Chain restaurants rarely use fresh herbs. They’re uneven, unreliable and expensive, and most diners have been conditioned to want food that’s more processed and bland.
The same is true for most of what we buy and sell. It’s becoming ever more predictable, pre-processed and cost-reduced.
The pressure tends to go in one direction–turn your work into a commodity, smooth over the edges and fit in all the way. That seems hard to argue with, particularly if you want to be popular and profitable.
But the restaurant that makes the best sabich in all of New York City takes a different approach. At Nana, in an obscure shopping mall on the outskirts of an outer borough, they’re serving memorable food that doesn’t match the prevailing industrial model. You can’t get something similar from your grocer’s freezer. It’s distinctive and probably a lot more difficult to produce on a regular basis.
The same could be true for what you choose to do. It might not get you a Fortune 500 company as a client, and probably won’t make you #1 on whatever bestseller list tracks the one that’s for everyone, but it might be exactly the work that you’re proud to do.
Thanks, Gina, for caring. And for anyone who goes out of their way to add fresh herbs when they don’t have to.
Make the announcement louder. Make the logo bigger. Yell. Call more people on the phone to sell them an extended warranty. Send more emails. Hustle harder.
None of it works.
The problem with the fountain isn’t that they didn’t make a big enough sign. The problem is that the fountain itself is poorly designed. It’s an attractive nuisance, a dangerous thing to put in the middle of a boring courtyard. The sides invite sitting and standing, and the height beckons people to walk in and around it. And the consistent cues of its design aren’t going to be undone by an ugly, intrusive sign, even one in red with ALL CAPS.
And louder and more persistent PA announcements aren’t going to help if the situation people are in has lulled them into not listening.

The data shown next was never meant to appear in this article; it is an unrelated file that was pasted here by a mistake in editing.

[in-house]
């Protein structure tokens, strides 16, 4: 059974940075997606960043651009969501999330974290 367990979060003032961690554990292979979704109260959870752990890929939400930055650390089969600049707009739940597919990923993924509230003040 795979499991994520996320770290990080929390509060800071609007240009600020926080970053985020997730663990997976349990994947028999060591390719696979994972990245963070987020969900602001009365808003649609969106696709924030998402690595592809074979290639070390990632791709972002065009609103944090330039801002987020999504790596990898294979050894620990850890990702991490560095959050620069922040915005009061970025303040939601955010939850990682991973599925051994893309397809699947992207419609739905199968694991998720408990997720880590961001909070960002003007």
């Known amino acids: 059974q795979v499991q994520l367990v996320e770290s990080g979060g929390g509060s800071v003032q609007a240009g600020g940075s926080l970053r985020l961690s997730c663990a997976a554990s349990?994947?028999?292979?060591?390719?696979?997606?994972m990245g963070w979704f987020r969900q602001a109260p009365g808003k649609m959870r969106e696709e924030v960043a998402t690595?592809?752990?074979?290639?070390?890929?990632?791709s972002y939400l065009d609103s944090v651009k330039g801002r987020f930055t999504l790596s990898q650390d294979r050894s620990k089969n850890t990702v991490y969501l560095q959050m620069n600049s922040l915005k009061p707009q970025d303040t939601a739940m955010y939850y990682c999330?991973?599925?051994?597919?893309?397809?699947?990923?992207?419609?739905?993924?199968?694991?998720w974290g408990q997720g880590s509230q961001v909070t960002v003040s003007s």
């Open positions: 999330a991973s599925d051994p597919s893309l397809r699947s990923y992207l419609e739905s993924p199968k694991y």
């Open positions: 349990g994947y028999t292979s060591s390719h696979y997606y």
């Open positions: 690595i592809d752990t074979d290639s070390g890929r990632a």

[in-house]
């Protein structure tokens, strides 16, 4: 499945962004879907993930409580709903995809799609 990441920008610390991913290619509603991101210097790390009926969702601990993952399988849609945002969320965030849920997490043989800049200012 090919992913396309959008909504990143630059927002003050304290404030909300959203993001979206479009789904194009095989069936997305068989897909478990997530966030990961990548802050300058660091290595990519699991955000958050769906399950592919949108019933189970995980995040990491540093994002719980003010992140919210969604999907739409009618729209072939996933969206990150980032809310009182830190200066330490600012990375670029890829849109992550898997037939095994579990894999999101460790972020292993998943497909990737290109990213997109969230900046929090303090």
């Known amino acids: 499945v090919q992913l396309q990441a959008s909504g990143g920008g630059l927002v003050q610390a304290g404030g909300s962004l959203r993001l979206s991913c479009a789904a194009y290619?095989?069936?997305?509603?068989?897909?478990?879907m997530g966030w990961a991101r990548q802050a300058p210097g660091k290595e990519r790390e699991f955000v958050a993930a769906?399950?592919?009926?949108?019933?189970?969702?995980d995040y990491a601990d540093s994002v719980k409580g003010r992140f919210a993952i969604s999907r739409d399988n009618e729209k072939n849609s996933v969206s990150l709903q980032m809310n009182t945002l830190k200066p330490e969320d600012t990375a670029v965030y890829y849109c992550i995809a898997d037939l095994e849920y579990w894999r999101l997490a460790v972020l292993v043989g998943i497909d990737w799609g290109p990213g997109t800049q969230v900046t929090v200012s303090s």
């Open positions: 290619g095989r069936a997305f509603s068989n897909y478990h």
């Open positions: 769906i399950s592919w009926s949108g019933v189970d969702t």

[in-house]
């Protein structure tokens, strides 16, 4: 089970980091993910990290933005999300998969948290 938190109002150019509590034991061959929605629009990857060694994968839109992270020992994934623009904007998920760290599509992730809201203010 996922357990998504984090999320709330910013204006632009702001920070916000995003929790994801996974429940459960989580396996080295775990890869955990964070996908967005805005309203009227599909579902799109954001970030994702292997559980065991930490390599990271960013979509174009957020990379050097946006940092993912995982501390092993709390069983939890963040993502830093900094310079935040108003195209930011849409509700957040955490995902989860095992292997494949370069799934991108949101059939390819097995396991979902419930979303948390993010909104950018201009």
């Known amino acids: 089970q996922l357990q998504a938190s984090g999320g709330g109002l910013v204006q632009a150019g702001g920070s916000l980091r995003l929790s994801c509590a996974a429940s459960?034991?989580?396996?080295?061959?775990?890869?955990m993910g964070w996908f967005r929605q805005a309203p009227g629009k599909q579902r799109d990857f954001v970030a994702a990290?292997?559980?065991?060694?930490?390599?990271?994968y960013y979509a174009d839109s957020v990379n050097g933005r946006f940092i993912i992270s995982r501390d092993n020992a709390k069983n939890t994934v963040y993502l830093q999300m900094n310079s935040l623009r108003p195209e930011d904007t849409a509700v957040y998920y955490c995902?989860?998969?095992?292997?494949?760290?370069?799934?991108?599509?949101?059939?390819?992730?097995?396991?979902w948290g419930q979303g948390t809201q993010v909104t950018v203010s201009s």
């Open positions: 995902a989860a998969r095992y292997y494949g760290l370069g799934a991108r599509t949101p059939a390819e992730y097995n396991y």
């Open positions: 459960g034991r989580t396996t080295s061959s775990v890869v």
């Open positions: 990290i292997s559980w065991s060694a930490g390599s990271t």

And a bigger logo isn’t going to get someone to care about your company if the product and your story don’t resonate with them.
Insisting on a bigger interruption is lazy. It’s lazy because if you really cared about solving the problem, you’d change the situation, not yell about it.
If you get the design right, you can whisper instead.
It’s easy to imagine that over there, just a few steps ahead, our problems will disappear.
Pessimists, of course, are sure that instead of disappearing, tomorrow will make things worse.
The truth is pretty simple: All we do, all we ever do, is trade one set of problems for another.
Problems are a feature. They’re the opportunity to see how we can productively move forward. Not to a world with no problems at all, but to a situation with different problems, ones that are worth dancing with.
Which comes first? The feelings, the facts, or the story we tell ourselves that leads to the feelings?
It’s surprising that I ended up at the college I went to.
Back in 1978, there were two ways to visit campus if you were taking a subway from the airport. One route went through Harvard Square, with its magical campus, and then via bus down youth-friendly Mass. Ave., past Steve’s famous ice cream parlor and on to the small school. The other route, the route the admissions office suggested when I called them, went through gritty Lechmere, then by bus past wood-frame houses built in the 1950s, then some more grittiness and then on to the back of the campus.